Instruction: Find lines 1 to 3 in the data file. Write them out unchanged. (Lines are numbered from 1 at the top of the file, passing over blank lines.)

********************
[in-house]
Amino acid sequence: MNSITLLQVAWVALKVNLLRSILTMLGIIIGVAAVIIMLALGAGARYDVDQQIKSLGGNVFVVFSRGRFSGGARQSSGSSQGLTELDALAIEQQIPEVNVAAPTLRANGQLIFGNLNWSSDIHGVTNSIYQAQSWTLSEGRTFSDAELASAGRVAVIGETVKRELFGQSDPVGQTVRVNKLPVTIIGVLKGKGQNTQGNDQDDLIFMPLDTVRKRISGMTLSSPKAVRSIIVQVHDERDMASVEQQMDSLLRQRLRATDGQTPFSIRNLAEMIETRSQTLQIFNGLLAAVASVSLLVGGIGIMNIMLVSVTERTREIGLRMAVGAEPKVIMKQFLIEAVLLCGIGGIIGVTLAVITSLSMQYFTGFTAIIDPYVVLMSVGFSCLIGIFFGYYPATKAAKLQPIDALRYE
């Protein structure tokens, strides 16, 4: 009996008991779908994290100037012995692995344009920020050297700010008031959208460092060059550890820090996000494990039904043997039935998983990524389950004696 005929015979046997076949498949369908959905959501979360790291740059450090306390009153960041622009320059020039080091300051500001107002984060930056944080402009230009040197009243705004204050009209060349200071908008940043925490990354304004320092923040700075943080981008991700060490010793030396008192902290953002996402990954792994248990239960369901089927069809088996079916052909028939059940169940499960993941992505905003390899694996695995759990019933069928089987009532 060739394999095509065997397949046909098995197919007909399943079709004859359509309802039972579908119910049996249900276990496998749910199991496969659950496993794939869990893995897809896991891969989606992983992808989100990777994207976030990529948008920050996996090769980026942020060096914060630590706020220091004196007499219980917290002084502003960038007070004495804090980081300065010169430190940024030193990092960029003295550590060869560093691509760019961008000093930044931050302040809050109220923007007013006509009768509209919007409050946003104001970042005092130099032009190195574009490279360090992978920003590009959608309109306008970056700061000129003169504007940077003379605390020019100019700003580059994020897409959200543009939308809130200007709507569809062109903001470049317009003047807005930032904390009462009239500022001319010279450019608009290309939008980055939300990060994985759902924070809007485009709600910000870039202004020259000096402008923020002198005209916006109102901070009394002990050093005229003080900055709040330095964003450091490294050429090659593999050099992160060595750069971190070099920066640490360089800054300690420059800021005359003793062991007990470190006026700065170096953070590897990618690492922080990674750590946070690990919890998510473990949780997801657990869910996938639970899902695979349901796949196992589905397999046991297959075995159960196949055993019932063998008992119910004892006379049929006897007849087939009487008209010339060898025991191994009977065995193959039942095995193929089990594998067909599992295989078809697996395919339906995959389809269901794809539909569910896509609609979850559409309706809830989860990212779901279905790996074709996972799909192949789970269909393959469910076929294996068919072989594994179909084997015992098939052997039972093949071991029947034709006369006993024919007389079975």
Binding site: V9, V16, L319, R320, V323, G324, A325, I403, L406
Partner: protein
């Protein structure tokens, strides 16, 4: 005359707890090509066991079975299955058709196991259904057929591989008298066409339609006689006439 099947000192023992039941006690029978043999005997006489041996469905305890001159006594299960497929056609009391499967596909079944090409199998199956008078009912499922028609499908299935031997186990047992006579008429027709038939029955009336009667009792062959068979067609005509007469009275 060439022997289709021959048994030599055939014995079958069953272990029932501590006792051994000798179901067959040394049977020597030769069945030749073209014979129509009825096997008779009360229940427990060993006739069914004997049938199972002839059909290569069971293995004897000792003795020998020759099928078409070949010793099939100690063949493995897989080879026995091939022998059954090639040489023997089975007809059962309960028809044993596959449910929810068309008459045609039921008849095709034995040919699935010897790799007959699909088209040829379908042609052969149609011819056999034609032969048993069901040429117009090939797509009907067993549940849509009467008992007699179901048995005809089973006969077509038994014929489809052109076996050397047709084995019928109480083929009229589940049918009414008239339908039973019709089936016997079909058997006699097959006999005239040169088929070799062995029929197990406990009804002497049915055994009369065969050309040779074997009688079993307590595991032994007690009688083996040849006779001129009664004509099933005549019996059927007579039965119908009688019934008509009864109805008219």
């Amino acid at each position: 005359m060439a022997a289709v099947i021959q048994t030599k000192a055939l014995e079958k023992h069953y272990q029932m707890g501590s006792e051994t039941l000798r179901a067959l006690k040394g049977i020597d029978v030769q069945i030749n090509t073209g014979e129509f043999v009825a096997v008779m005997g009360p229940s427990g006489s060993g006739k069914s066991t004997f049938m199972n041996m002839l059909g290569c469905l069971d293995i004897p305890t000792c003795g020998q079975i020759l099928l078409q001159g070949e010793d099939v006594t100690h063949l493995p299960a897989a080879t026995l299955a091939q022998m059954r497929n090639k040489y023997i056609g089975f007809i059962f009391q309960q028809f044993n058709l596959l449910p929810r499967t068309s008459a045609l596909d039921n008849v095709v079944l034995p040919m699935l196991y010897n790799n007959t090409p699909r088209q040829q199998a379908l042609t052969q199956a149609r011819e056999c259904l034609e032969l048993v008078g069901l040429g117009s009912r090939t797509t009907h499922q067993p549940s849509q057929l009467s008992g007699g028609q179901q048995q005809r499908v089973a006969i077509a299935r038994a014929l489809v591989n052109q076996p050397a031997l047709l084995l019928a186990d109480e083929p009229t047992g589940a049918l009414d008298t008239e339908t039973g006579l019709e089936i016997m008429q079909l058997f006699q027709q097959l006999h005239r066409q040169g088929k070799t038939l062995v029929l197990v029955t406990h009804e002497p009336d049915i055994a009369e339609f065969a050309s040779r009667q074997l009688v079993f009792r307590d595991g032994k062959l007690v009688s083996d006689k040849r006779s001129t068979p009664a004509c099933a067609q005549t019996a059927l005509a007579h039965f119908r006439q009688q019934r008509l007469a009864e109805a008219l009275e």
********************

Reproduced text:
[in-house]
Amino acid sequence: MNSITLLQVAWVALKVNLLRSILTMLGIIIGVAAVIIMLALGAGARYDVDQQIKSLGGNVFVVFSRGRFSGGARQSSGSSQGLTELDALAIEQQIPEVNVAAPTLRANGQLIFGNLNWSSDIHGVTNSIYQAQSWTLSEGRTFSDAELASAGRVAVIGETVKRELFGQSDPVGQTVRVNKLPVTIIGVLKGKGQNTQGNDQDDLIFMPLDTVRKRISGMTLSSPKAVRSIIVQVHDERDMASVEQQMDSLLRQRLRATDGQTPFSIRNLAEMIETRSQTLQIFNGLLAAVASVSLLVGGIGIMNIMLVSVTERTREIGLRMAVGAEPKVIMKQFLIEAVLLCGIGGIIGVTLAVITSLSMQYFTGFTAIIDPYVVLMSVGFSCLIGIFFGYYPATKAAKLQPIDALRYE
């Protein structure tokens, strides 16, 4: 009996008991779908994290100037012995692995344009920020050297700010008031959208460092060059550890820090996000494990039904043997039935998983990524389950004696 005929015979046997076949498949369908959905959501979360790291740059450090306390009153960041622009320059020039080091300051500001107002984060930056944080402009230009040197009243705004204050009209060349200071908008940043925490990354304004320092923040700075943080981008991700060490010793030396008192902290953002996402990954792994248990239960369901089927069809088996079916052909028939059940169940499960993941992505905003390899694996695995759990019933069928089987009532 060739394999095509065997397949046909098995197919007909399943079709004859359509309802039972579908119910049996249900276990496998749910199991496969659950496993794939869990893995897809896991891969989606992983992808989100990777994207976030990529948008920050996996090769980026942020060096914060630590706020220091004196007499219980917290002084502003960038007070004495804090980081300065010169430190940024030193990092960029003295550590060869560093691509760019961008000093930044931050302040809050109220923007007013006509009768509209919007409050946003104001970042005092130099032009190195574009490279360090992978920003590009959608309109306008970056700061000129003169504007940077003379605390020019100019700003580059994020897409959200543009939308809130200007709507569809062109903001470049317009003047807005930032904390009462009239500022001319010279450019608009290309939008980055939300990060994985759902924070809007485009709600910000870039202004020259000096402008923020002198005209916006109102901070009394002990050093005229003080900055709040330095964003450091490294050429090659593999050099992160060595750069971190070099920066640490360089800054300690420059800021005359003793062991007990470190006026700065170096953070590897990618690492922080990674750590946070690990919890998510473990949780997801657990869910996938639970899902695979349901796949196992589905397999046991297959075995159960196949055993019932063998008992119910004892006379049929006897007849087939009487008209010339060898025991191994009977065995193959039942095995193929089990594998067909599992295989078809697996395919339906995959389809269901794809539909569910896509609609979850559409309706809830989860990212779901279905790996074709996972799909192949789970269909393959469910076929294996068919072989594994179909084997015992098939052997039972093949071991029947034709006369006993024919007389079975």